You can think of these six design types as differing by the way they are consumed. A process graph, like a flowchart or decision tree, is read differently than a single chart or a timeline. If we analyzed more than 30 graphics, we might come up with different buckets, but these serve the given sample nicely.
The average unique pageviews for each type are listed below, including the high-performing outliers. Should I Text Him? is the only process graph in the sample. We find that the two most viewed types do not contain visualizations of quantitative data (the process graph is a visualization of relationships).
Single charts are likely successful because they are easy to consume; the viewer only needs to learn how to read one “chunk” of visualization to get the whole story. Simplicity lends itself to quick understanding and sharing, whereas complexity can prevent a viewer from reaching those points. Curiously, mixed charts, which is what we commonly think of as the typical form of an infographic, is the least successful here, perhaps because they take more mental work to consume completely, again pointing to simplicity and brevity as strengths in visual communication.
The Three Outliers
There are three graphics excluded from some calculations above because they would heavily skew the resulting average. Why did these particular graphics perform so well?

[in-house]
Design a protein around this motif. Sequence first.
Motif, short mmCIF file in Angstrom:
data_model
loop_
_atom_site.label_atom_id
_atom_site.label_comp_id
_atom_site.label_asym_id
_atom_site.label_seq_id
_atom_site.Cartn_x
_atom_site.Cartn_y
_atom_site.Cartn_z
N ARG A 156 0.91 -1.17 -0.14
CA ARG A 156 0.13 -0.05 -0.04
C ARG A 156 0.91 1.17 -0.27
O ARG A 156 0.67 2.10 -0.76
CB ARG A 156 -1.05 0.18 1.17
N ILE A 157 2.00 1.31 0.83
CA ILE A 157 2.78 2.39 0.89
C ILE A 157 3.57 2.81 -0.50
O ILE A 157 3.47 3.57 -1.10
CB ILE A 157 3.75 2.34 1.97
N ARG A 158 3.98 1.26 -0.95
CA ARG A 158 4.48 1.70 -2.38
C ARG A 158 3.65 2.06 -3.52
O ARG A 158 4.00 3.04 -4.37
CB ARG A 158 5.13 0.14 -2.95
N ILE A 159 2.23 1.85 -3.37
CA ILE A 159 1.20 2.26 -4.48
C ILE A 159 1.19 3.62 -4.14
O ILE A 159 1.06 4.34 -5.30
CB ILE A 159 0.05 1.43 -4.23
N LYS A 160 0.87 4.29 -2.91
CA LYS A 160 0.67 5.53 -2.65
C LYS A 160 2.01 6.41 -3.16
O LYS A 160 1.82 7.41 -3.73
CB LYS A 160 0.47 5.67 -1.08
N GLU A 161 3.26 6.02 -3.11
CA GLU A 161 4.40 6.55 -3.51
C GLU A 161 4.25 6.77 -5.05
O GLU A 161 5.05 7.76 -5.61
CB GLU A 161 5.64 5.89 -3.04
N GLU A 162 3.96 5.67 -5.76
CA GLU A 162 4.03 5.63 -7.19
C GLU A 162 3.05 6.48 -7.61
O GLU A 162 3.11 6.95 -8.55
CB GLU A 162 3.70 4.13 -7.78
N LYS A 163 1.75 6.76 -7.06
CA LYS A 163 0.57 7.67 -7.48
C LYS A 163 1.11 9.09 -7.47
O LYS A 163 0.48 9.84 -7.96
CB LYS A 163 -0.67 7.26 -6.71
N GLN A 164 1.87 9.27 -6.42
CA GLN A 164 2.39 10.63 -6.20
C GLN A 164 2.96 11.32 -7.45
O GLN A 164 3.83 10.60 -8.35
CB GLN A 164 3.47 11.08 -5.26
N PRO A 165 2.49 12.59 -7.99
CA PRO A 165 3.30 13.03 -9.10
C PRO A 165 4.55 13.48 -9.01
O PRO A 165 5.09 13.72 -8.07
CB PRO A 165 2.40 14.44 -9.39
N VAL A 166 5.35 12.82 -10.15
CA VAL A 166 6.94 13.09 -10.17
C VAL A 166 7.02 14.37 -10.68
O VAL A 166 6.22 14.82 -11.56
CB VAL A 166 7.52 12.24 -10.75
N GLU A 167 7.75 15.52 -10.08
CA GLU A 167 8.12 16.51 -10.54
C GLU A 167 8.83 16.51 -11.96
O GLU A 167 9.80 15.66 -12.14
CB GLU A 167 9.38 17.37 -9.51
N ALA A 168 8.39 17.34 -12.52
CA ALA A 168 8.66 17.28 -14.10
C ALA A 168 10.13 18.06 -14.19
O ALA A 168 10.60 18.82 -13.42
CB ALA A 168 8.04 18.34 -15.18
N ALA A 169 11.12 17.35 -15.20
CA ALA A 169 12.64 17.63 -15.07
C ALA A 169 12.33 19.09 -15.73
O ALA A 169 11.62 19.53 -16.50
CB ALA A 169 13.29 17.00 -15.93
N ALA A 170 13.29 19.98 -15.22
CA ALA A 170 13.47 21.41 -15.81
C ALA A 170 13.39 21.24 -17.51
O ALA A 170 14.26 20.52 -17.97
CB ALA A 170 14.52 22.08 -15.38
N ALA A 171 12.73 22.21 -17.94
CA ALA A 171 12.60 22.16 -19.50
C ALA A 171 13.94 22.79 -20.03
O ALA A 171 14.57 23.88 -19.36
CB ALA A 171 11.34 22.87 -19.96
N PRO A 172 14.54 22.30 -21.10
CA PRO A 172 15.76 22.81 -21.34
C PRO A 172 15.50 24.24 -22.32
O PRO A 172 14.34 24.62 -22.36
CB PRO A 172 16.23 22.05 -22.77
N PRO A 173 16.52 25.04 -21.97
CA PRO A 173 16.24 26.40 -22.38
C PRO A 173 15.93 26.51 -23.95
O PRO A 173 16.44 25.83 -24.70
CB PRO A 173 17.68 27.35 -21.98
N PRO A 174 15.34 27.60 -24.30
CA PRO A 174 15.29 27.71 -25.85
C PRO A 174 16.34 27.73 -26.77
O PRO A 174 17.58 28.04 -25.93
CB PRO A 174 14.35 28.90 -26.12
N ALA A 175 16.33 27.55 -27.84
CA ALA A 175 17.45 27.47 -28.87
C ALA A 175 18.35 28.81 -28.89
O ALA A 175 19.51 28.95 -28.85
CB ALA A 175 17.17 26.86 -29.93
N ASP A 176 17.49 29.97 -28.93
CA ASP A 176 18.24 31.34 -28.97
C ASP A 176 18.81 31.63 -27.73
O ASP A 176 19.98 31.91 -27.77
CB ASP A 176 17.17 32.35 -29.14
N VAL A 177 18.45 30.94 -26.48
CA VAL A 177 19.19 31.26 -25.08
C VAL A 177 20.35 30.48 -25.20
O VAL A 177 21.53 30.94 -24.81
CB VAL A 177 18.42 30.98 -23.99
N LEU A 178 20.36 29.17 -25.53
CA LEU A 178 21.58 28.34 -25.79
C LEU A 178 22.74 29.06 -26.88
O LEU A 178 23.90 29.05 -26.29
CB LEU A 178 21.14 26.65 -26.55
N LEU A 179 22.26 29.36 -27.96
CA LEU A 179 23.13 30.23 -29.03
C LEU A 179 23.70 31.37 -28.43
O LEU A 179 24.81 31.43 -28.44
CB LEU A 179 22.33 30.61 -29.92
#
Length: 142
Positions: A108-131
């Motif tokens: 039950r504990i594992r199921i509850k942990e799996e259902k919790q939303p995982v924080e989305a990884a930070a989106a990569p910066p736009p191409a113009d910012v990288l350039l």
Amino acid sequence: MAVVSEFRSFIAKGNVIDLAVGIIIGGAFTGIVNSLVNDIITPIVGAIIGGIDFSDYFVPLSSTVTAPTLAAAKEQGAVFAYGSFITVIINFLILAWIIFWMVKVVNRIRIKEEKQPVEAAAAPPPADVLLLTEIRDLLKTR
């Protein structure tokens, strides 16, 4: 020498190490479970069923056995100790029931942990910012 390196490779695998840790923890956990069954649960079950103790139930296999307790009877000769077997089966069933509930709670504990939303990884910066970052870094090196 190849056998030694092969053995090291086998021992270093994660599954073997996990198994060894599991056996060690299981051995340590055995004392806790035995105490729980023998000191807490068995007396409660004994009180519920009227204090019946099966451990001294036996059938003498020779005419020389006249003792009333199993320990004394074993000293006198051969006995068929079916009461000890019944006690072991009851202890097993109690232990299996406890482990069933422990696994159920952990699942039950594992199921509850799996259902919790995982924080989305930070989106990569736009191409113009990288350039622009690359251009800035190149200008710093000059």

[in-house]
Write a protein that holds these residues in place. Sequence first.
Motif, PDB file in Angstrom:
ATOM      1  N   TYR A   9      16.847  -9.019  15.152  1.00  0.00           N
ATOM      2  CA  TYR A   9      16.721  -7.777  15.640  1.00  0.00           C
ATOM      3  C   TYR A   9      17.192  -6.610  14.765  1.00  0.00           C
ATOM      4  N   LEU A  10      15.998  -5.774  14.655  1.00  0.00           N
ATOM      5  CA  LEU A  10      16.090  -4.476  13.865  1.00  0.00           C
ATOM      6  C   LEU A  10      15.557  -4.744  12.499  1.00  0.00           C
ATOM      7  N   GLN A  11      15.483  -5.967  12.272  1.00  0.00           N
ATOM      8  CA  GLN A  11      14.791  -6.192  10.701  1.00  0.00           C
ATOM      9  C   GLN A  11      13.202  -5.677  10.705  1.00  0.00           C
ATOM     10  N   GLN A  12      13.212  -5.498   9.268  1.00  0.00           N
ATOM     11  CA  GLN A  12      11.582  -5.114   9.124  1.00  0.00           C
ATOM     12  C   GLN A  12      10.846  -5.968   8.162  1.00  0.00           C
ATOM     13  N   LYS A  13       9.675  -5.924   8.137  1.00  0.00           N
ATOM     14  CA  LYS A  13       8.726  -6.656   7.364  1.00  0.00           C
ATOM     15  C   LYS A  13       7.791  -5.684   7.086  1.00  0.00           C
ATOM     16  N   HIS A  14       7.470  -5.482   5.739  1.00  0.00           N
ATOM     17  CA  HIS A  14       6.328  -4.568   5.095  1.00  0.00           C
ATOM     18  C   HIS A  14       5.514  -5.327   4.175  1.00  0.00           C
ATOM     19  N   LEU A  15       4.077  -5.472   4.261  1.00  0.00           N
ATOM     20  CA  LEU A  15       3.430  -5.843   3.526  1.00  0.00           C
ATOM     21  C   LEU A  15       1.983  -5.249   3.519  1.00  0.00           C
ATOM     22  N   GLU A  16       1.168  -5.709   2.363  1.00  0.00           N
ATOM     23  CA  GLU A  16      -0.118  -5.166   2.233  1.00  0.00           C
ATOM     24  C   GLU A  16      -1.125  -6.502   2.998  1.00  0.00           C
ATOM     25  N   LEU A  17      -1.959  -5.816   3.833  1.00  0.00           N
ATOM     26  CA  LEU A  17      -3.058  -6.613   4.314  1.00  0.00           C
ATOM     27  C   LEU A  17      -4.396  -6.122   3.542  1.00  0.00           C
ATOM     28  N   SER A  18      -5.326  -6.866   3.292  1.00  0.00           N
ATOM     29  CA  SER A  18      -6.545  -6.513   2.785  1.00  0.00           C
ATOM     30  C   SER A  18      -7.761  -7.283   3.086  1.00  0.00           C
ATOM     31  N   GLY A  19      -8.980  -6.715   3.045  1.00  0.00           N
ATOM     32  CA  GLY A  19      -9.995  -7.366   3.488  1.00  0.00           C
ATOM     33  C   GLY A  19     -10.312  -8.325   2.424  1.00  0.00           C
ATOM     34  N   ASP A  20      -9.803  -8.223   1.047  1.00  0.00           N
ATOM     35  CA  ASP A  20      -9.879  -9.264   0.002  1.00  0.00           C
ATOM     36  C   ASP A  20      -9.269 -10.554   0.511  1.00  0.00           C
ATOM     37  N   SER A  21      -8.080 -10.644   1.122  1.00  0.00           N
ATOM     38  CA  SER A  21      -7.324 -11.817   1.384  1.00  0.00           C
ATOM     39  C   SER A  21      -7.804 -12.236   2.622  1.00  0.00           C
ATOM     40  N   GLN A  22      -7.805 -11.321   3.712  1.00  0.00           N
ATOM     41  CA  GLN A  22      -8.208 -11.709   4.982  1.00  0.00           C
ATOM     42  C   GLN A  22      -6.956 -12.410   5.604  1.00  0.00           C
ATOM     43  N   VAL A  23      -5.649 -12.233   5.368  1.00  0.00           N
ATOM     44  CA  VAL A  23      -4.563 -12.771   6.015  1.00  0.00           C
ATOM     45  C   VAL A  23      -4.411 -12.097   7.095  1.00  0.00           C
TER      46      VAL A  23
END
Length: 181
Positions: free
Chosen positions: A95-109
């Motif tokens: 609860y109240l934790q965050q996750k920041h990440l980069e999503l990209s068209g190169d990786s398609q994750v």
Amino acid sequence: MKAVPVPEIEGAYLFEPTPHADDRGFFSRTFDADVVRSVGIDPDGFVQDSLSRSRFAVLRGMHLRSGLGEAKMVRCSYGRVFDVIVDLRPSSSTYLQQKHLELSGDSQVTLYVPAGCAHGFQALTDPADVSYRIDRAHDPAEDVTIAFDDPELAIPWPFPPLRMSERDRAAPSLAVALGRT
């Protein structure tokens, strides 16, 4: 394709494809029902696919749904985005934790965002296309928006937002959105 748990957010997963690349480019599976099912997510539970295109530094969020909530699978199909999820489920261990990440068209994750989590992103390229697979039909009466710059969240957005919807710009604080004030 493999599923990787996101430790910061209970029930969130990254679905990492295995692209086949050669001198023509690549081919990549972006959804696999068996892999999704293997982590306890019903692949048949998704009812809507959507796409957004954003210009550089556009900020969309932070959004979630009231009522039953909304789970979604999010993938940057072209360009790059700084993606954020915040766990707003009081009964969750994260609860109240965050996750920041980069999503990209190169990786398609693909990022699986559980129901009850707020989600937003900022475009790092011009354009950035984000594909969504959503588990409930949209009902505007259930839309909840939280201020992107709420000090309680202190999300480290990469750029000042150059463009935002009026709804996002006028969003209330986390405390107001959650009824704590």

What Are The Odds – 813,334 unique views
This is the single most viewed graphic on Visual.ly. Ali Binazir, the author of the study on which the graphic is based, strung a variety of statistics pertaining to mating, survival, and particles in the universe to come up with the probability that you are alive. Mathematically, it’s a nonsensical mishmash of stuff, but that doesn’t deter casual readers, because emotionally, it’s aimed directly at the ultimate question of existence that nearly every human has pondered. Here, the details of the content are less important than the uncommon moment of reflection and awe that this graphic creates, which inspires heavy sharing.
Should I Text Him? – 537,770 unique views
The second most viewed graphic on the site combines the content type of Observational Humor with the content domain of sex, something that’s on everyone’s mind whether they like to admit it or not. The graphic represents a situation that many people (male and female) can relate to, and the overall complexity is a sly joke about how women can over-think dating and romance.
Formal Dining Setting – 213,990 unique views
Apparently a whole lot of people want to know how to set the dinner table properly. This graphic is pure utility, with no humor, visual style, or marketing objective. One could make some incredibly successful graphics answering simple questions like this (hint, hint).
Does Data Visualization Matter?
Data visualization certainly matters when it comes to conveying information effectively, but when it comes to sharing, the answer is no: having data to represent is not a critical ingredient in infographics. More than half, or 53%, of the top 30 graphics do not contain data visualization. And by data visualization, we mean visual objects that are sized, colored, or positioned to represent numerical values.
The X-Factor: Social Promotion
An important caveat: the success of any content on the web is heavily influenced by how well it is promoted by blogs and social media power-users. Quality alone will not yield viral graphics. We see that the quality of visual style seems to have little importance, whereas the quality and simplicity of the idea represented has much more weight.